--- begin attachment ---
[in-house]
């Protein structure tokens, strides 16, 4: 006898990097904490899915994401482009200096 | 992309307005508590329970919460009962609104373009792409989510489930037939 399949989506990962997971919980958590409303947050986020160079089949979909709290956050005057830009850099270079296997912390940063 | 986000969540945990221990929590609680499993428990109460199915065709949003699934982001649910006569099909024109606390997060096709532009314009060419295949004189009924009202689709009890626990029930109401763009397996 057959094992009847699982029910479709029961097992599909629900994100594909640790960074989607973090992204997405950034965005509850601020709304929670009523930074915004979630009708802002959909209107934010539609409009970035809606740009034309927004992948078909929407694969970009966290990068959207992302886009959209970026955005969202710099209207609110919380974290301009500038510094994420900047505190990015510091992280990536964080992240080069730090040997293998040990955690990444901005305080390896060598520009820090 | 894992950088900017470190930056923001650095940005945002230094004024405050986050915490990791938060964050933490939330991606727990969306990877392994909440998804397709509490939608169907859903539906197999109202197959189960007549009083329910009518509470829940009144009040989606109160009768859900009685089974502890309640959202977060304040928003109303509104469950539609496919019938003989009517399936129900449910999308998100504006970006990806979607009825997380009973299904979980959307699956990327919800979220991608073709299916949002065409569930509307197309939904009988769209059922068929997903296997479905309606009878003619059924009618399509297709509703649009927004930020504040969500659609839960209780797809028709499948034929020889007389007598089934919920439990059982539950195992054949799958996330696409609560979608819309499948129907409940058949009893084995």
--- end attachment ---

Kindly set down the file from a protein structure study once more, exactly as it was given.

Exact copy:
[in-house]
């Protein structure tokens, strides 16, 4: 006898990097904490899915994401482009200096 | 992309307005508590329970919460009962609104373009792409989510489930037939 399949989506990962997971919980958590409303947050986020160079089949979909709290956050005057830009850099270079296997912390940063 | 986000969540945990221990929590609680499993428990109460199915065709949003699934982001649910006569099909024109606390997060096709532009314009060419295949004189009924009202689709009890626990029930109401763009397996 057959094992009847699982029910479709029961097992599909629900994100594909640790960074989607973090992204997405950034965005509850601020709304929670009523930074915004979630009708802002959909209107934010539609409009970035809606740009034309927004992948078909929407694969970009966290990068959207992302886009959209970026955005969202710099209207609110919380974290301009500038510094994420900047505190990015510091992280990536964080992240080069730090040997293998040990955690990444901005305080390896060598520009820090 | 894992950088900017470190930056923001650095940005945002230094004024405050986050915490990791938060964050933490939330991606727990969306990877392994909440998804397709509490939608169907859903539906197999109202197959189960007549009083329910009518509470829940009144009040989606109160009768859900009685089974502890309640959202977060304040928003109303509104469950539609496919019938003989009517399936129900449910999308998100504006970006990806979607009825997380009973299904979980959307699956990327919800979220991608073709299916949002065409569930509307197309939904009988769209059922068929997903296997479905309606009878003619059924009618399509297709509703649009927004930020504040969500659609839960209780797809028709499948034929020889007389007598089934919920439990059982539950195992054949799958996330696409609560979608819309499948129907409940058949009893084995």